VW ID. Buzz Preview Drive | VW bus returns* and it's electric

VW ID. Buzz Preview Drive | VW bus returns* and it's electric

See Full Image Gallery >>

MILTON KEYNES, England — Before climbing into the VW ID.Buzz for a first drive in Volkswagen’s reborn and electrified bus, let’s turn back the clock to see how we finally got to this point. And acknowledge that Americans are going to be waiting even longer.

In 1950, the first Volkswagen buses were imported to the United States. History doesn’t recall exactly when these clattering, air-cooled vans first became a symbol of American counterculture, but by the Woodstock Festival in 1969 they were parked up in the Bethel farm field complete with “Make Love Not War” and “Ban the Bomb” slogans painted on the flanks.


In the 1970s, Gilbert Shelton’s Fabulous Furry Freak Brothers traveled in a VW bus, and in 1995, when Jerry Garcia, frontman of The Grateful Dead died, Volkswagen America ran a simple line drawing advertisement of the first-generation van with a single teardrop coming out of one headlamp.

Cheap and economical, and unlike anything else at the time, the VW bus was an antidote to the gargantuan V8 engines of the period. These were the vans in which we stopped working for The Man and tuned in and dropped out before tripping off to San Jose or Big Sur to meet the girl or boy of our dreams. Or so we thought at the time. Until 2014, the original VW bus was still in production in Brazil and still much prized by surfers and camping types across the world, which really was some endorsement of the original concept.

In 2001, I saw some of this special relationship when VW showed the Charles Ellwood design for a born-again Bus (or Bulli as the Germans reverently call it) at the Detroit Auto Show. This was seven years after the Concept 1 design for a reborn Beetle had been shown, also in Detroit, and there was an adoring reception from the press and American baby boomers clamoring for it to be built.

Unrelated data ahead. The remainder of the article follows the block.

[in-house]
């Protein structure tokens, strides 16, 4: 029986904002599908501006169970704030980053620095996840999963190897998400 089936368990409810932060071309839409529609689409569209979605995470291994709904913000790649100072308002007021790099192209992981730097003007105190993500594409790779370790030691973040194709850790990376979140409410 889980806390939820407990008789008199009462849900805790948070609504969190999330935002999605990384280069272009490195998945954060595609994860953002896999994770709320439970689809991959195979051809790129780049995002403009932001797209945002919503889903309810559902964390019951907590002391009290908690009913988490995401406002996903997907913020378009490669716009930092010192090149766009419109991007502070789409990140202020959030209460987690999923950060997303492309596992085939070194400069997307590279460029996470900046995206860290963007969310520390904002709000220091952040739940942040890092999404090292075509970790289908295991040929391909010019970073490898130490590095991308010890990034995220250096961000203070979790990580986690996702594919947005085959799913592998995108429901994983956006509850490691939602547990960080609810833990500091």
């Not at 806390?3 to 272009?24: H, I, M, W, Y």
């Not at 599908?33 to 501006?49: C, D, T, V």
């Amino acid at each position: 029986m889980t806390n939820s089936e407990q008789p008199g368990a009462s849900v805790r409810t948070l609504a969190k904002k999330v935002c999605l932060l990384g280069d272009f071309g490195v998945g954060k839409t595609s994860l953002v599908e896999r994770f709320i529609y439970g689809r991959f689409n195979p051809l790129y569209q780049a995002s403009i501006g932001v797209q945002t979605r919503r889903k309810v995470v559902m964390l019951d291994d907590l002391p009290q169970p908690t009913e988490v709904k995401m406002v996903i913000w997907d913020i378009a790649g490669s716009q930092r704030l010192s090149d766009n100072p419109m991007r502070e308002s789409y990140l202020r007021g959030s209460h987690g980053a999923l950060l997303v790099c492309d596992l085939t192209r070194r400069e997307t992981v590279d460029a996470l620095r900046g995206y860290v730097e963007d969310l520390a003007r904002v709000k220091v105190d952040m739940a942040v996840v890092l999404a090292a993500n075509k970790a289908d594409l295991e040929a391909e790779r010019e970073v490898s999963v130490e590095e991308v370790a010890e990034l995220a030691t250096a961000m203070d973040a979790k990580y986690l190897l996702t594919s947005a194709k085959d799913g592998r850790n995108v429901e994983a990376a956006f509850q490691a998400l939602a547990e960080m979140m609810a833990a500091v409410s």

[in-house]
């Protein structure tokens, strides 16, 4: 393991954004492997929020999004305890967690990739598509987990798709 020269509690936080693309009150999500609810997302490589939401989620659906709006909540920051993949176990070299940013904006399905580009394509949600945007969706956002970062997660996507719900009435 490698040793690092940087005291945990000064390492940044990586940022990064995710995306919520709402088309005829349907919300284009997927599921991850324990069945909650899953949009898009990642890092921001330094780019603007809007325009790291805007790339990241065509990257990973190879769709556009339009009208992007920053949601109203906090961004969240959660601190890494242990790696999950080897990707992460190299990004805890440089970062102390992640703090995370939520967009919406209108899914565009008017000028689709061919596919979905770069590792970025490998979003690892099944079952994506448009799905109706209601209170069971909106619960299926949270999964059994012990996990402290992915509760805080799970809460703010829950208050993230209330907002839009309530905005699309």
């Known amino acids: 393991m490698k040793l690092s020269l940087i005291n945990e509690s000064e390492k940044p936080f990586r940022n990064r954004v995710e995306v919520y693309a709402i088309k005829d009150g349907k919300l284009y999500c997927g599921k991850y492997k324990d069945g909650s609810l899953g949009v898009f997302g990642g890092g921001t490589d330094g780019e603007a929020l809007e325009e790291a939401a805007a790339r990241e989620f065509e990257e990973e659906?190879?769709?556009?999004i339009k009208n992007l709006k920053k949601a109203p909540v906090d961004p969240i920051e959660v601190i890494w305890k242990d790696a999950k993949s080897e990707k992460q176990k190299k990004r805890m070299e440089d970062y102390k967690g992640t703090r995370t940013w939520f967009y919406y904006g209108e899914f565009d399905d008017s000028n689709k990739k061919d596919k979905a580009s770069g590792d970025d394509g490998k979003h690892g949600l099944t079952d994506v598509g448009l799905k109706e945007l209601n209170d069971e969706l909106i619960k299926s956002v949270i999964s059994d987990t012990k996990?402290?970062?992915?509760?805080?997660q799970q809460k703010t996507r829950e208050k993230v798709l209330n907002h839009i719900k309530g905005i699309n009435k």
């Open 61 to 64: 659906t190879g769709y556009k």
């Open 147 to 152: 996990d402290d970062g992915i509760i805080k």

The feedback was strong enough that the following year, VW confirmed it would put the Microbus into production complete with translucent rubber floors and cute first-generation front end. Then it was canceled.

But this was an itch that VW refused to stop scratching. In 2011 there was the Bulli concept (above left), in 2016 we were treated to the Budd-e (above right), and then in 2017 we saw the concept version of this van, the ID.Buzz (below).

We should be strictly honest here and tell you that VW still produces descendants of the VW van in the form of the T6 commercial and the T7 hybrid, which bear a startling resemblance to the ID.Buzz, but those aren’t electric. In fact, the market for electric commercials is primed for rapid expansion. The Ford E-Transit will go on sale early this year, with an electric Ram ProMaster following at some point later in 2022. Meanwhile, Amazon-backed Rivian has a contract to build 100,000 electric delivery vans, while GM’s BrightDrop is supplying Walmart and FedEx with electric vans.

VW ID.Buzz Cargo Concept
VW ID.Buzz Cargo Concept

The basis of the ID.Buzz is, of course, the MEB electronic architecture, which underpins a new generation of VW battery electric cars: VW ID.4 and ID.3, plus the Skoda Enyaq and Cupra Born sold in other markets.

VW is planning two versions of the ID.Buzz: the bus, which will be called ID.Buzz and will cost around £50,000 when it goes on sale (about $67,000); and the ID.Buzz Cargo panel-van version, which will cost around £42,000 ($56,000). Start of production is this spring, with sales commencing this fall in the U.K. and Europe.

In time there will be a longer-wheelbase version with a larger and more powerful battery. That’s the van the Americas will get in 2025, and there will also be an ID.California camper, too, though that’ll be expensive.